(1744–1796)
[25][26]
January 9, 1784[20]

January 6, 1785
(term-limited)[m]
None 1784
18 Samuel Elbert
(1740–1788)
[46][47]
January 6, 1785[20]

January 9, 1786
(term-limited)[m]
None 1785
19 Edward Telfair
(1735–1807)
[48][49][50]
January 9, 1786[20]

January 9, 1787
(term-limited)[m]
None 1786
20 George Mathews
(1739–1812)
[51][52][53]
January 9, 1787[20]

January 26, 1788
(term-limited)[m]
None 1787
21 George Handley
(1752–1793)
[54][55]
January 26, 1788[20]

January 7, 1789
(term-limited)[m]
None 1788[n]
12 George Walton
(d. 1804)
[31][32][33]
January 7, 1789[20]

November 9, 1789
(did not run)[o]
Democratic-
Republican
[31]
Jan. 1789
19 Edward Telfair
(1735–1807)
[48][49][50]
November 9, 1789[20]

November 7, 1793
(lost election)
Democratic-
Republican
[48]
Nov. 1789[p]
1791
20 George Mathews
(1739–1812)
[51][52][53]
November 7, 1793[20]

January 15, 1796
(did not run)
Democratic-
Republican
[51]
1793
22 Jared Irwin
(1750–1818)
[58][59][60]
January 15, 1796[20]

January 12, 1798
(did not run)
Democratic-
Republican
[61]
1795
23 James Jackson
(1757–1806)
[56][62][63]
January 12, 1798[20]

March 3, 1801
(resigned)[q]
Democratic-
Republican
[61]
1797
1799
24 David Emanuel
(1744–1808)
[64][65][66]
March 3, 1801[20]

November 7, 1801
(did not run)
Democratic-
Republican
[61]
Succeeded from
president of
the Senate
25 Josiah Tattnall
(d. 1803)
[67][68][69]
November 7, 1801[20]

November 4, 1802
(resigned)[r]
Democratic-
Republican
[61]
1801
26 John Milledge
(1757–1818)
[70][71][72]
November 4, 1802[20]

September 23, 1806
(resigned)[s]
Democratic-
Republican
[61]
1802
(special)[t]
1803
1805
22 Jared Irwin
(1750–1818)
[58][59][60]
September 23, 1806[20]

November 10, 1809
(lost election)
Democratic-
Republican
[61]
Succeeded from
president of
the Senate
1807
27 David Brydie Mitchell
(1766–1837)
[74][75][76]
November 10, 1809[20]

November 5, 1813
(did not run)[74]
Democratic-
Republican
[61]
1809
1811
28 Peter Early
(1773–1817)
[77][78][79]
November 5, 1813[20]

November 10, 1815
(lost election)
Democratic-
Republican
[61]
1813
27 David Brydie Mitchell
(1766–1837)
[74][75][76]
November 10, 1815[20]

March 4, 1817
(resigned)[u]
Democratic-
Republican
[61]
1815
29 William Rabun
(1771–1819)
[80][81][82]
March 4, 1817[20]

October 24, 1819
(died in office)
Democratic-
Republican
[61]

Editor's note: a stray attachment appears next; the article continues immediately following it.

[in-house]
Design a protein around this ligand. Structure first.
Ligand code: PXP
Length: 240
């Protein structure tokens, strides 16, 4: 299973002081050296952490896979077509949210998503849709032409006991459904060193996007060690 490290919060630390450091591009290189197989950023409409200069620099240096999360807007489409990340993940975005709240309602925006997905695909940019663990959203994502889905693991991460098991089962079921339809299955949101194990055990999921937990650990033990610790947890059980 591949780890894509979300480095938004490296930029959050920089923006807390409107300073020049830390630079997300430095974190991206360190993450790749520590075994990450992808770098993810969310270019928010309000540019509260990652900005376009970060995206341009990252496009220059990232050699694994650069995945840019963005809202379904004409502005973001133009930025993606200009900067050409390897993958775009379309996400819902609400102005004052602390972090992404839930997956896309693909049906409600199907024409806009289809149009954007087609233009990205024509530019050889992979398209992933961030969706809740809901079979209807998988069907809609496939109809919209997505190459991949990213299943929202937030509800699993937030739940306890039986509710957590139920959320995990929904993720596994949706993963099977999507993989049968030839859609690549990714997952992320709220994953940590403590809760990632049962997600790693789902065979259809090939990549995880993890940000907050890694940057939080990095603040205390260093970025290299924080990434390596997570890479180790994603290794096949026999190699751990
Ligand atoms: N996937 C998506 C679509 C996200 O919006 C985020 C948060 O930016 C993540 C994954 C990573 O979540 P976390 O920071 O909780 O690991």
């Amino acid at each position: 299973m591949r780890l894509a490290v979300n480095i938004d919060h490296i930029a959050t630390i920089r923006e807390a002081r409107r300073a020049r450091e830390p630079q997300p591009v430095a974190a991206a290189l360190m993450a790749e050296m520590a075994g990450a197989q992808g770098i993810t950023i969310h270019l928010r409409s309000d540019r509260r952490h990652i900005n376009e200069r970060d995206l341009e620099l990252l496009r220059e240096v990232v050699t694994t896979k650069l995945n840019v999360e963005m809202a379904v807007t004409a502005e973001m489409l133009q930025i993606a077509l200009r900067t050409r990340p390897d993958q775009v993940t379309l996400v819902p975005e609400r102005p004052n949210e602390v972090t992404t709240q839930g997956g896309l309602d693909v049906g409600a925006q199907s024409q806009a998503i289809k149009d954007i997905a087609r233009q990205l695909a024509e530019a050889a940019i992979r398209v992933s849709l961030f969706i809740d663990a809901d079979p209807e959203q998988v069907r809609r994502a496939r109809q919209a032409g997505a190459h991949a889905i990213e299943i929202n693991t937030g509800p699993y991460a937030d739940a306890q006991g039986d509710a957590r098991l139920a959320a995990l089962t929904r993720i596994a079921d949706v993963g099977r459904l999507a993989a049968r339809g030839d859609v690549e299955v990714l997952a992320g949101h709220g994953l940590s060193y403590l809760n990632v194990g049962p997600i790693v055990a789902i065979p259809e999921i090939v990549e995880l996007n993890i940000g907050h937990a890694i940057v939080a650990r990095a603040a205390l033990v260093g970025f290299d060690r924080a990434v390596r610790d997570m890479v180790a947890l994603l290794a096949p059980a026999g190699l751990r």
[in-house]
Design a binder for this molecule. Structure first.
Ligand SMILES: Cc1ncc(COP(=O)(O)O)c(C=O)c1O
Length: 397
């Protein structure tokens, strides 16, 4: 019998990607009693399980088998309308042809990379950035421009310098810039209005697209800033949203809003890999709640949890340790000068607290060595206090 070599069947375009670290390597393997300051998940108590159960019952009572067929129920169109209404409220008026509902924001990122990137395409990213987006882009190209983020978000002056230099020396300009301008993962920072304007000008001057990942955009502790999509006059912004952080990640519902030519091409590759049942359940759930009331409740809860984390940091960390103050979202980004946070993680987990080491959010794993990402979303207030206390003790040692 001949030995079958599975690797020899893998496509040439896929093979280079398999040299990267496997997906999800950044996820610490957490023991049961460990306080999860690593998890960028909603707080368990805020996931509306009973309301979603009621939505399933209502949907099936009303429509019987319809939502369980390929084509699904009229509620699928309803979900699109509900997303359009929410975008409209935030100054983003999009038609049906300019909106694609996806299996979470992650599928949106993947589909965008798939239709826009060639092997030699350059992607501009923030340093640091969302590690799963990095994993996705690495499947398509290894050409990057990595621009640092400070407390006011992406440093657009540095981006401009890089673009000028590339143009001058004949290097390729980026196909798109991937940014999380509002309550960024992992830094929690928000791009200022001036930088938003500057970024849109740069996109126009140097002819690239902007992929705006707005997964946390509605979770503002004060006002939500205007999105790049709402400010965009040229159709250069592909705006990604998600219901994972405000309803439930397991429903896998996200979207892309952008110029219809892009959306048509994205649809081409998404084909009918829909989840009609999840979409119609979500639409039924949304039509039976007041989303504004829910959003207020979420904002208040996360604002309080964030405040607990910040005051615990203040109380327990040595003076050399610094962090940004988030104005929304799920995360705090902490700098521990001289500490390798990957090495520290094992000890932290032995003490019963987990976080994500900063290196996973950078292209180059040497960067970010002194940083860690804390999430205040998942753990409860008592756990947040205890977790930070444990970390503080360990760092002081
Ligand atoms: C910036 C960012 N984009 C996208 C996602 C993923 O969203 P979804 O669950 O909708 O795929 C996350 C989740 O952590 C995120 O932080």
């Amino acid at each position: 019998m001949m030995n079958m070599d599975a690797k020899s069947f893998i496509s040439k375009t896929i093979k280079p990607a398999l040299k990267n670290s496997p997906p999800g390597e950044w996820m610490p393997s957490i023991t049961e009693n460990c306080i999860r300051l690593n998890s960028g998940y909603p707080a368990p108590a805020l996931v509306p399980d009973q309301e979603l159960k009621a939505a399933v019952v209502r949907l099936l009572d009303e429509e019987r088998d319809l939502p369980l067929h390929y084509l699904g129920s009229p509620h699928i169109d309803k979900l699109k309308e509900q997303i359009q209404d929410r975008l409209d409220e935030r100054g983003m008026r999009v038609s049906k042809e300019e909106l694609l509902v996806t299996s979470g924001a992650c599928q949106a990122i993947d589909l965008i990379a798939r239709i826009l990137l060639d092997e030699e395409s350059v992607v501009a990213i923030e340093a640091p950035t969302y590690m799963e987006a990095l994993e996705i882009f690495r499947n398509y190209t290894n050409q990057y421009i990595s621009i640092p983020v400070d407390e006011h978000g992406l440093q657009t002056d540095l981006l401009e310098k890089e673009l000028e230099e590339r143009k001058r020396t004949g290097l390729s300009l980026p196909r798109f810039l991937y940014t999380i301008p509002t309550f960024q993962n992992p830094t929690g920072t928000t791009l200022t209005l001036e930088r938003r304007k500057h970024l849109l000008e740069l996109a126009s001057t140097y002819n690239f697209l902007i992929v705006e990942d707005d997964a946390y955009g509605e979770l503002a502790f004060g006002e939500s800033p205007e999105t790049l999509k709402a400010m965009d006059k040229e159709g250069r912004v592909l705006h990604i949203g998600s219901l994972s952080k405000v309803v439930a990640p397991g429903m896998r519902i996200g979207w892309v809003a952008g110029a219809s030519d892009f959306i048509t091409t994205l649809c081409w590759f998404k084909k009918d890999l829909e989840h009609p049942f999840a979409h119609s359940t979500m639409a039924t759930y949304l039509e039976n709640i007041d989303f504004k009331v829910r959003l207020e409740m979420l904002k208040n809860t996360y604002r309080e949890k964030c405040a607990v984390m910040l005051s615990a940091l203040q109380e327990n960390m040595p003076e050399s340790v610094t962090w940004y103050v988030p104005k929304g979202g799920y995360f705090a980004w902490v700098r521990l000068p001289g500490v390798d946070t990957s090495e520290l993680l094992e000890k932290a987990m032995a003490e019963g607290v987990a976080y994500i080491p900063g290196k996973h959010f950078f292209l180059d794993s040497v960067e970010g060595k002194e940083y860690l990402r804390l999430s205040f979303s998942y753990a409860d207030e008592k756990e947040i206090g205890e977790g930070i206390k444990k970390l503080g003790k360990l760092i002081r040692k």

Succeeded from
president of
the Senate
1817
30 Matthew Talbot
(1767–1827)
[83]
October 24, 1819[20]

November 5, 1819
(successor took office)
Democratic-
Republican
[61]
Succeeded from
president of
the Senate
31 John Clark
(1766–1832)
[84][85][86]
November 5, 1819[20]

November 7, 1823
(did not run)
Democratic-
Republican
[61]
1819
1821
32 George Troup
(1780–1856)
[87][88][89]
November 7, 1823[20]

November 7, 1827
(did not run)
Troup Democratic-
Republican
[90]
1823
1825
33 John Forsyth
(1780–1841)
[91][92][93]
November 7, 1827[20]

November 4, 1829
(did not run)[v]
Troup Democratic-
Republican
[90]
1827
34 George Rockingham Gilmer
(1790–1859)
[94][95][96]
November 4, 1829[20]

November 9, 1831
(lost election)
Troup Democratic-
Republican
[97]
1829
35 Wilson Lumpkin
(1783–1870)
[98][99][100]
November 9, 1831[20]

November 4, 1835
(did not run)
Union
(Democratic)[101]
1831
1833
36 William Schley
(1786–1858)
[102][103][104]
November 4, 1835[20]

November 8, 1837
(lost election)
Union
(Democratic)[105]
1835
34 George Rockingham Gilmer
(1790–1859)
[94][95][96]
November 8, 1837[20]

November 6, 1839
(did not run)
State Rights
(Whig)[105]
1837
37 Charles James McDonald
(1793–1860)
[106][107][108]
November 6, 1839[20]

November 8, 1843
(did not run)
Union
(Democratic)[109]
1839
1841
38 George W. Crawford
(1798–1872)
[110][111][112]
November 8, 1843[20]

November 3, 1847
(did not run)[112]
Whig[113] 1843
1845
39 George W. Towns
(1801–1854)
[114][115][116]
November 3, 1847[20]

November 5, 1851
(did not run)
Democratic[117] 1847
1849
40 Howell Cobb
(1815–1868)
[118][119][120]
November 5, 1851[20]

November 9, 1853
(did not run)
Constitutional
Union (Democratic)[w]
1851
41 Herschel Vespasian Johnson
(1812–1880)
[122][123][124]
November 9, 1853[20]

November 6, 1857
(did not run)
Democratic[125] 1853
1855
42 Joseph E. Brown
(1821–1894)
[126][127][128]
November 6, 1857[20]

June 17, 1865
(resigned)[x]
Democratic[130] 1857
1859
1861
1863
43 James Johnson
(1811–1891)
[131][132][133]
June 17, 1865[20]

December 19, 1865
(provisional term ended)[y]
Provisional governor
appointed by President
[z]
44 Charles J. Jenkins
(1805–1883)
[134][135][136]
December 14, 1865[20]

January 13, 1868
(removed from office)[aa]
Democratic[90] 1865
45 Thomas H. Ruger
(1833–1907)
[137][138][139]
January 13, 1868[20]